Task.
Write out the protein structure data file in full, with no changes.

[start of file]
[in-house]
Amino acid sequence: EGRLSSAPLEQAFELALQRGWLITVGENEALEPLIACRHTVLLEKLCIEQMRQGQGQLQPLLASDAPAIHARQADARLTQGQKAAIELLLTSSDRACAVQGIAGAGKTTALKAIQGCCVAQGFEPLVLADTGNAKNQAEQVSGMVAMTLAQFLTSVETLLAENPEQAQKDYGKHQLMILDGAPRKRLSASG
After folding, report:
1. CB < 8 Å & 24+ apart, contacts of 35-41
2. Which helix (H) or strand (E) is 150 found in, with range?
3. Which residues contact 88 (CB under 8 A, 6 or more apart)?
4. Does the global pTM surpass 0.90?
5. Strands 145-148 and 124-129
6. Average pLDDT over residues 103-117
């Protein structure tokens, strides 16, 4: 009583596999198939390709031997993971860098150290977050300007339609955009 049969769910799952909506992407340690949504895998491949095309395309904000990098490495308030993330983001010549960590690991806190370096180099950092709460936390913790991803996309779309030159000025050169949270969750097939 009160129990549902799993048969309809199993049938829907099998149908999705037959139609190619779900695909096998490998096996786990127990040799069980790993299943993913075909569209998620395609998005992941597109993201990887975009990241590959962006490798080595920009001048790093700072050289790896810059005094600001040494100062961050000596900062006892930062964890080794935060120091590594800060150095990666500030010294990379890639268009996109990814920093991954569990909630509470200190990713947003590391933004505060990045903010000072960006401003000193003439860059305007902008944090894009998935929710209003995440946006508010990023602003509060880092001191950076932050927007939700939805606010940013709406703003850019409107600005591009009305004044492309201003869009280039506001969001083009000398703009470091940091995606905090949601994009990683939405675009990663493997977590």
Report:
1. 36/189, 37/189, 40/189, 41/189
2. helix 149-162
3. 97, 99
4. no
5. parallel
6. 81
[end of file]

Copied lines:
[in-house]
Amino acid sequence: EGRLSSAPLEQAFELALQRGWLITVGENEALEPLIACRHTVLLEKLCIEQMRQGQGQLQPLLASDAPAIHARQADARLTQGQKAAIELLLTSSDRACAVQGIAGAGKTTALKAIQGCCVAQGFEPLVLADTGNAKNQAEQVSGMVAMTLAQFLTSVETLLAENPEQAQKDYGKHQLMILDGAPRKRLSASG
After folding, report:
1. CB < 8 Å & 24+ apart, contacts of 35-41
2. Which helix (H) or strand (E) is 150 found in, with range?
3. Which residues contact 88 (CB under 8 A, 6 or more apart)?
4. Does the global pTM surpass 0.90?
5. Strands 145-148 and 124-129
6. Average pLDDT over residues 103-117
């Protein structure tokens, strides 16, 4: 009583596999198939390709031997993971860098150290977050300007339609955009 049969769910799952909506992407340690949504895998491949095309395309904000990098490495308030993330983001010549960590690991806190370096180099950092709460936390913790991803996309779309030159000025050169949270969750097939 009160129990549902799993048969309809199993049938829907099998149908999705037959139609190619779900695909096998490998096996786990127990040799069980790993299943993913075909569209998620395609998005992941597109993201990887975009990241590959962006490798080595920009001048790093700072050289790896810059005094600001040494100062961050000596900062006892930062964890080794935060120091590594800060150095990666500030010294990379890639268009996109990814920093991954569990909630509470200190990713947003590391933004505060990045903010000072960006401003000193003439860059305007902008944090894009998935929710209003995440946006508010990023602003509060880092001191950076932050927007939700939805606010940013709406703003850019409107600005591009009305004044492309201003869009280039506001969001083009000398703009470091940091995606905090949601994009990683939405675009990663493997977590």
Report:
1. 36/189, 37/189, 40/189, 41/189
2. helix 149-162
3. 97, 99
4. no
5. parallel
6. 81